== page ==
British Airways chairman Martin Broughton recently spoke to a conference of airport operators, and openly criticized the way the US operates its airport security.
In his speech, Mr. Broughton suggested that the practice of being told to remove all shoes and laptops should be dropped. He also complained about inconsistent security measures – something I completely agree with.
He also criticized the US for demanding increased checks on US-bound international flights but not on its own domestic services. In his speech, he said the UK should stop “kowtowing” to US security demands.
Unfortunately, many of the inconvenient measures put in place seem like they are here to stay – and the arrival of whole body imaging machines will only make things worse. It is highly unlikely that complaints by the boss of one of the largest airlines in the world will help change things for passengers.
[Image credit: AFP/Getty Images]
In a serious case of “what were they thinking”, a British Airways company magazine used a boarding pass issued to Osama Bin Laden to show off their latest mobile ticketing service.
The name was obviously put there as a joke, but the timing couldn’t be any worse – a month after severe disruptions caused by volcanic ash, British Airways is now in the middle of a series of five day strikes – so customer satisfaction is already at a pretty low point.
A British Airways spokeswoman told ABC News that “A mistake has been made in this internal publication and we are working to find out how this occurred”.
According to the boarding pass, Mr Bin Laden flies in First class, and has a frequent flier number with Northwest Airlines. Sadly, knowing the brilliant minds behind the anti-terror organizations, the terror level will be raised to “red hot” on October 26 2010 while airport police all around the world try to figure out which airport the most wanted terrorist in the world will be flying to.
UPDATE from @BritishAirways, via their Twitter stream —
British Airways just can’t catch a break – the airline is still recovering from the massive disruptions caused by the Eyjafjallajökull volcano, and now they will have to deal with four different five-day strikes.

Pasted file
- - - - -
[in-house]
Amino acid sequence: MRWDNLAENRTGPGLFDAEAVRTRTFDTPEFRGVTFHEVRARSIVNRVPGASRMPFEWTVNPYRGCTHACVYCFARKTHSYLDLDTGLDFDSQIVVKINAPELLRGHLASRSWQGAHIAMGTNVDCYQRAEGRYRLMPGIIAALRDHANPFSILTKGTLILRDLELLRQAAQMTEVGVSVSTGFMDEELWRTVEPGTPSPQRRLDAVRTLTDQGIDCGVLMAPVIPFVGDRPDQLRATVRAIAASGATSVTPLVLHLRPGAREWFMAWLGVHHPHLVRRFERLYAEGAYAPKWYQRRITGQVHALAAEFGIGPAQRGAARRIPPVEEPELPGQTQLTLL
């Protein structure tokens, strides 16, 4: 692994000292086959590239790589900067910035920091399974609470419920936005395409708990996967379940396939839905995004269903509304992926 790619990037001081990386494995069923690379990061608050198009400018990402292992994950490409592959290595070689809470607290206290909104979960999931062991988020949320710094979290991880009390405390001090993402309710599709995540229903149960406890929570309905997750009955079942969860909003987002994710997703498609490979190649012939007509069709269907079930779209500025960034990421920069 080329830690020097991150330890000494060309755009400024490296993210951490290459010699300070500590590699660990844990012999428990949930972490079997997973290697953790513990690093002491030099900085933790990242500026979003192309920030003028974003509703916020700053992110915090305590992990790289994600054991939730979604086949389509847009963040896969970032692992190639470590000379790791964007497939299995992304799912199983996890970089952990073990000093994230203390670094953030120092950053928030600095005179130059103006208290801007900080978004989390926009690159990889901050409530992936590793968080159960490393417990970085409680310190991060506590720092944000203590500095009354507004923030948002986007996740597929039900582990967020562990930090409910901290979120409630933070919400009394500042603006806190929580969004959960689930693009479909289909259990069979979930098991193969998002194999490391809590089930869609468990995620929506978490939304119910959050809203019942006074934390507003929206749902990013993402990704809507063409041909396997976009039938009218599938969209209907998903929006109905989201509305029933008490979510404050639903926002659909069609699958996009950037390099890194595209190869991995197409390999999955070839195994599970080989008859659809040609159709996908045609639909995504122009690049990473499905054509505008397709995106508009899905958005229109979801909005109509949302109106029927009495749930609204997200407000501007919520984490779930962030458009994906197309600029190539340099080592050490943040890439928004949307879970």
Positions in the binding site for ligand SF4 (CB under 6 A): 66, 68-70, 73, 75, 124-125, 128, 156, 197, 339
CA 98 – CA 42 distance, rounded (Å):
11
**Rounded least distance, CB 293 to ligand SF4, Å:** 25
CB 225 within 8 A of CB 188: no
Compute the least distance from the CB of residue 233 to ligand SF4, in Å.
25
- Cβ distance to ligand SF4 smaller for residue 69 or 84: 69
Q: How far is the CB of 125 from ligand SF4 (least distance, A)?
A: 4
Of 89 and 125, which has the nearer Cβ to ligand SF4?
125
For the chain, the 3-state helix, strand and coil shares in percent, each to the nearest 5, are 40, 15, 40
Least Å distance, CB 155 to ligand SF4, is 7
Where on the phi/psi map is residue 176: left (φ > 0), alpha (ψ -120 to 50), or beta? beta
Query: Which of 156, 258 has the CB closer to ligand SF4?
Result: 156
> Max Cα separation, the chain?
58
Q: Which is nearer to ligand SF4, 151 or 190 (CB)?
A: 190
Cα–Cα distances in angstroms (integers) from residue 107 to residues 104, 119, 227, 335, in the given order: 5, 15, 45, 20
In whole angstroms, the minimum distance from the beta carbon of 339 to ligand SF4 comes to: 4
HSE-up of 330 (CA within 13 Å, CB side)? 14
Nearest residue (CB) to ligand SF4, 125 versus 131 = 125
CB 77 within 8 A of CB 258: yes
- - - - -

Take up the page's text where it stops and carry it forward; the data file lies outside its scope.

The first of the strikes will take place on May 18, followed by May 24, May 30 and June 5.
Unite, the union behind the strike said that 81% of cabin crew voted in favor of the strike, which will no doubt hurt passengers more than it’ll hurt the airline.
During the last strike, British Airways retaliated against striking cabin crew by removing their free flight perks, with that threat looming, I’m surprised so many union members were in favor of this strike – but I’m guessing they assume the union will fight to get those rights restored.
British Airways has posted a brief statement on their web site, but travelers with flights during the strike will need to keep checking for flight updates. During the last big strike, BA was able to keep a large number of flights in operation – albeit with a reduced schedule.
Sooner or later one of the parties will need to give in to the demands – because 20 days of strikes during the upcoming summer season will cause massive amounts of disruption to an already battered airline.
Good news for passengers who had planned to fly British Airways during the Christmas holiday – Their planned strike has been blocked by a British court.
The strike was scheduled to begin on December 22nd, and last till January 2nd, essentially shutting down the entire airline during one of the busiest periods of the year. Thankfully, Judge Laura Cox decided that the disruption could not go ahead.
Sadly, there are still a couple of issues that could screw up holiday plans, as baggage handlers and check-in staff are planning to do three separate “walkouts” at Heathrow. This dispute is unrelated to British Airways, though the walkout is being organized by the same union behind BA strike.
High Life, the 35-year-old in-flight magazine of British Airways, is headed from airspace to cyberspace. The famous rag launched its online incarnation on October 9th. BA hopes that the success of the print version will translate to the online world and raise the airline’s profile amongst travelers. The publisher of High Life’s print version, Ceder, teamed with web development company Reactive on the project. They are aiming to attract advertisers eager to have their name and product associated with High Life. Perhaps they are also hoping that well-heeled cannabis aficionados will happen across the site after Googling “high life” and decide, on the spur of the moment, to book a flight to one of the site’s featured destinations.
The first online issue has a food theme and is guest edited by celeb chef Heston Blumenthal. It seems mainly aimed at gourmets and those with an taste for the upscale aspects of travel. There is a bit of hipness, with contributions by the likes of Hot Fuzz’s Simon Pegg. Still, the site maintains the glossy feel of its printed kin.